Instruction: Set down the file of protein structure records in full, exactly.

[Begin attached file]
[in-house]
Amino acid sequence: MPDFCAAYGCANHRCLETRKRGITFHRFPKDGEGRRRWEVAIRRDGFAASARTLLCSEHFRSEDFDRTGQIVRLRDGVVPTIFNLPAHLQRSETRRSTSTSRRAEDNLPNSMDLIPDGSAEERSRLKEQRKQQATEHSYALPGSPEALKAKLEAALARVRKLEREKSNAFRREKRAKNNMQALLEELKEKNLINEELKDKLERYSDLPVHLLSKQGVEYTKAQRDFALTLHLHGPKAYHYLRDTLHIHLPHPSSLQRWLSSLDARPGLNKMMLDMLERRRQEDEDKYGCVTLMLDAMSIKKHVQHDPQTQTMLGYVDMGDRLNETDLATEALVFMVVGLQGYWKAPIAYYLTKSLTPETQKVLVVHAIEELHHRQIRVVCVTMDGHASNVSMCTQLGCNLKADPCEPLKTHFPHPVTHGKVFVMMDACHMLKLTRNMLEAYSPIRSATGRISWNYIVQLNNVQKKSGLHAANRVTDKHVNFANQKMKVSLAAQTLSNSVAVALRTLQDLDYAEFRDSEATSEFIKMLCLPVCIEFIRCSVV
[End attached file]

[in-house]
Amino acid sequence: MPDFCAAYGCANHRCLETRKRGITFHRFPKDGEGRRRWEVAIRRDGFAASARTLLCSEHFRSEDFDRTGQIVRLRDGVVPTIFNLPAHLQRSETRRSTSTSRRAEDNLPNSMDLIPDGSAEERSRLKEQRKQQATEHSYALPGSPEALKAKLEAALARVRKLEREKSNAFRREKRAKNNMQALLEELKEKNLINEELKDKLERYSDLPVHLLSKQGVEYTKAQRDFALTLHLHGPKAYHYLRDTLHIHLPHPSSLQRWLSSLDARPGLNKMMLDMLERRRQEDEDKYGCVTLMLDAMSIKKHVQHDPQTQTMLGYVDMGDRLNETDLATEALVFMVVGLQGYWKAPIAYYLTKSLTPETQKVLVVHAIEELHHRQIRVVCVTMDGHASNVSMCTQLGCNLKADPCEPLKTHFPHPVTHGKVFVMMDACHMLKLTRNMLEAYSPIRSATGRISWNYIVQLNNVQKKSGLHAANRVTDKHVNFANQKMKVSLAAQTLSNSVAVALRTLQDLDYAEFRDSEATSEFIKMLCLPVCIEFIRCSVV